State Board Blocked in Narconon Case Ruling Throws Out Licensing Recommendation
November 9, 1990
Efforts to license a Kay County substance abuse center operating without state approval were brought to a halt Thursday.
The State Mental Health Board, scheduled to act Thursday on certifying the Narconon Chilocco New Life Center, found itself crippled by a court ruling. The ruling blocked the board from using material prepared by Department of Mental Health and Substance Abuse Services staff on the 75-bed facility.
Mental health department officials said it was the first time a court tossed out a staff recommendation.
A ruling Wednesday by Oklahoma County District Judge Leamon Freeman, in response to a suit filed by Narconon against the mental health department and board, also left board members without legal counsel for the meeting.
The state attorney general's office, which normally serves as legal representative for state agencies, is representing departmental staff in the Narconon suit and could not represent the board Thursday. Board members legally were outgunned, as Narconon officials showed up with six lawyers, including Boston attorney Earle C. Cooley, the Church of Scientology's national trial counsel.
The rehabilitation center, located at the old Chilocco Indian school north of Newkirk, has drawn criticism for its ties with the Church of Scientology and for using a treatment method developed by church founder L. Ron Hubbard.
Board members floundered for three hours and drew jeers from Narconon supporters before deciding to appoint a committee and hire a lawyer.
"You need counsel," Neal Leader, an assistant state attorney general told the board. "It's a sad mistake for you to proceed or do anything without counsel."
Harry Woods, an Oklahoma City lawyer representing Narconon, told board members that Narconon officials demanded a full hearing Thursday so that the center could be certified. At the same time, Narconon has mounted a federal court challenge of the state's authority to license the Chilocco facility. Narconon attorneys argue that the state has no regulatory authority since the center is on Indian land.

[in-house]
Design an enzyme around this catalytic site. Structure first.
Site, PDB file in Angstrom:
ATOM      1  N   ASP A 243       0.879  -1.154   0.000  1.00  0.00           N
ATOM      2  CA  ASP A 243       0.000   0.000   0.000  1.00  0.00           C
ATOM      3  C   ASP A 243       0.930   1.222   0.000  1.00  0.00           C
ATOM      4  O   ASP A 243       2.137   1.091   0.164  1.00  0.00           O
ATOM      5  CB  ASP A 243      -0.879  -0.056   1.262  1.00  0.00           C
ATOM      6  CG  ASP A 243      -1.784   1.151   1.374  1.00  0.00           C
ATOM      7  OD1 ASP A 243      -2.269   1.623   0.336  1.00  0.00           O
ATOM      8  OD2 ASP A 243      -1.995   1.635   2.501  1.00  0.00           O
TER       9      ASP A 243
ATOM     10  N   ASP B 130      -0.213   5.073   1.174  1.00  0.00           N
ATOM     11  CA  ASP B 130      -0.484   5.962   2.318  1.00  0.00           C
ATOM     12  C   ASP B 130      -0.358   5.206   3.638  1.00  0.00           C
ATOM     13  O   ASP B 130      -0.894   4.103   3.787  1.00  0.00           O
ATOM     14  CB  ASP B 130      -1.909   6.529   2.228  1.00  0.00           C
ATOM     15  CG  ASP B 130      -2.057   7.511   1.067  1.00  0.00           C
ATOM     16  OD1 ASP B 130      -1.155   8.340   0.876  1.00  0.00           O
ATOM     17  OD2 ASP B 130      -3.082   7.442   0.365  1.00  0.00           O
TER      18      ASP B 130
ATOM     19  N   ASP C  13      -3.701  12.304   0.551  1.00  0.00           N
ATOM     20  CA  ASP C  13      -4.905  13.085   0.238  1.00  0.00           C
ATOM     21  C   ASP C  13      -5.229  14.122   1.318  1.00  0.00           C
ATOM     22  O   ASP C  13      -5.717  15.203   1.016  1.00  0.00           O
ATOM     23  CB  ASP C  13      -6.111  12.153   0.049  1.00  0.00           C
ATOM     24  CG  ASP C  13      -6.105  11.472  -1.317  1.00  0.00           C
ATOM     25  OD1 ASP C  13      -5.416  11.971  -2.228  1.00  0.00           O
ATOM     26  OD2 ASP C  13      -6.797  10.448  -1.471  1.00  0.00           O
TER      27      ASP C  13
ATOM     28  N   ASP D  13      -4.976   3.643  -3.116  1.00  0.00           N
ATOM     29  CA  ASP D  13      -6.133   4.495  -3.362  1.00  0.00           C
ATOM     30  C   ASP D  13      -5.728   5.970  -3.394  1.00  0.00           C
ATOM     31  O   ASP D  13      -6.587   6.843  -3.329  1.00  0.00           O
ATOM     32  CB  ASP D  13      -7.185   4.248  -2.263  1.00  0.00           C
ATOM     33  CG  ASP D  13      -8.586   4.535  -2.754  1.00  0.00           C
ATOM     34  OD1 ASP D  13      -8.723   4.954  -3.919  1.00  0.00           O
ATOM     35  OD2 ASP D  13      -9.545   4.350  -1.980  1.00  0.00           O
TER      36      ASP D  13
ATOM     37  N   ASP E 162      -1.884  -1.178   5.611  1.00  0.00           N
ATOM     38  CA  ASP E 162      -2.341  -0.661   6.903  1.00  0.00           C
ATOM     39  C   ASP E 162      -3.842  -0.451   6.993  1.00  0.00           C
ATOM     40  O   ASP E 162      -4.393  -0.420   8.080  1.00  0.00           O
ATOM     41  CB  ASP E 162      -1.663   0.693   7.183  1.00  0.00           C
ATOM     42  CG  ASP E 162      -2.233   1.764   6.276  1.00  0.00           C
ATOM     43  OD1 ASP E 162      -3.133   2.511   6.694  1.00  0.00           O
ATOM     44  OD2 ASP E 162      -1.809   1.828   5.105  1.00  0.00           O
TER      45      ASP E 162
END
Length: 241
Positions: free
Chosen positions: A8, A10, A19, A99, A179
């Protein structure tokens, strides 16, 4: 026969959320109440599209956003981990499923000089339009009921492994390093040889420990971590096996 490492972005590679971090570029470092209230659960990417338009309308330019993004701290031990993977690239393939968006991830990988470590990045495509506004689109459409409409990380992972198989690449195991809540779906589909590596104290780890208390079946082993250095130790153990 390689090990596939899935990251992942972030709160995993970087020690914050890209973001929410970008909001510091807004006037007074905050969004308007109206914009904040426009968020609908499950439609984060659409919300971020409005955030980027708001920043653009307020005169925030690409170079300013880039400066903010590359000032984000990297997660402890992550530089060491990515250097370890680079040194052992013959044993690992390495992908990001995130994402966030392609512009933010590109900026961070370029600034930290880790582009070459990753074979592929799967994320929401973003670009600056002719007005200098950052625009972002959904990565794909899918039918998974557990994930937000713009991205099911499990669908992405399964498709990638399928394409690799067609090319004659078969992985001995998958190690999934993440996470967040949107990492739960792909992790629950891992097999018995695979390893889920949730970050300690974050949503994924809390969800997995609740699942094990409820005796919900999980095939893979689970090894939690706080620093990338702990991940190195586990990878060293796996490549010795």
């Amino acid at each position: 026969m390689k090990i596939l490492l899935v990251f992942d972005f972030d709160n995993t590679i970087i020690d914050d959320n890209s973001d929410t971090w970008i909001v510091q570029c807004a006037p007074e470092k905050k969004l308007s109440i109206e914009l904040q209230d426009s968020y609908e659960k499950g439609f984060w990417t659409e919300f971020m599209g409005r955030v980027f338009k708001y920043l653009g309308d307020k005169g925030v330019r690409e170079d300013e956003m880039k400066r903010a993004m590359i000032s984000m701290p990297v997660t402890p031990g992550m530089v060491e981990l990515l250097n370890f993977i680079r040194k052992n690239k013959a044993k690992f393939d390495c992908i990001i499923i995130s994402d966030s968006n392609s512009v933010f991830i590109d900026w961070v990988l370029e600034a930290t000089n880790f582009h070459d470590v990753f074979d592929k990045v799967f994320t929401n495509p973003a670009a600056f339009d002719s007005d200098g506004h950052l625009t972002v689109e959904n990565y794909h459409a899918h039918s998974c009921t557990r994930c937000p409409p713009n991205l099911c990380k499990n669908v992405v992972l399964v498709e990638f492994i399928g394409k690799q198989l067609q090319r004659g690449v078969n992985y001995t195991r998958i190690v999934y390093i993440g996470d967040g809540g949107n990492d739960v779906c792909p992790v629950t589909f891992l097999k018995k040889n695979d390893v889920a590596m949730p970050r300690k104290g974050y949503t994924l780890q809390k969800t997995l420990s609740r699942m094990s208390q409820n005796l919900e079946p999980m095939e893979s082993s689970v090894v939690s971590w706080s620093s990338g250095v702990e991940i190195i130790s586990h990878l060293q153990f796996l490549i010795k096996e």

Woods said part of the state recommendation could be submitted as evidence the center meets state regulations. Narconon also was prepared to provide several experts to testify to the program's effectiveness, he said.
But board member Murray E. Abowitz of Oklahoma City said it was impossible to get a full hearing without getting expert comments from people other than those connected with Narconon.
Woods conceded one reason Narconon officials want certification is to appease a Kay County district judge who ordered that Narconon accept no new patients until it is certified.
Narconon Chilocco at the time of that ruling had 35 patients, but is down to about 24, Woods said.
"We're losing $90,000 a week," Woods said.
None of the staff members who worked on the initial Narconon recommendation will be used in the upcoming evaluation of the program.
"I want to get a clean, untainted report on this evaluation," board member Stewart Beasley of Edmond said.
Meanwhile, Narconon, along with the Tonkawa tribe, challenged the state's authority to license the facility because it is on Indian land.
Narconon is leasing 167 acres from the Chilocco Development Authority.
Maynard Hinman, a member of the Ponca tribe, one of the five tribes involved in the authority, said his tribe is against Narconon hiding behind the mask of Indian sovereignty.
"It's in the lease for Narconon to obey all federal, Indian and state laws," Hinman said.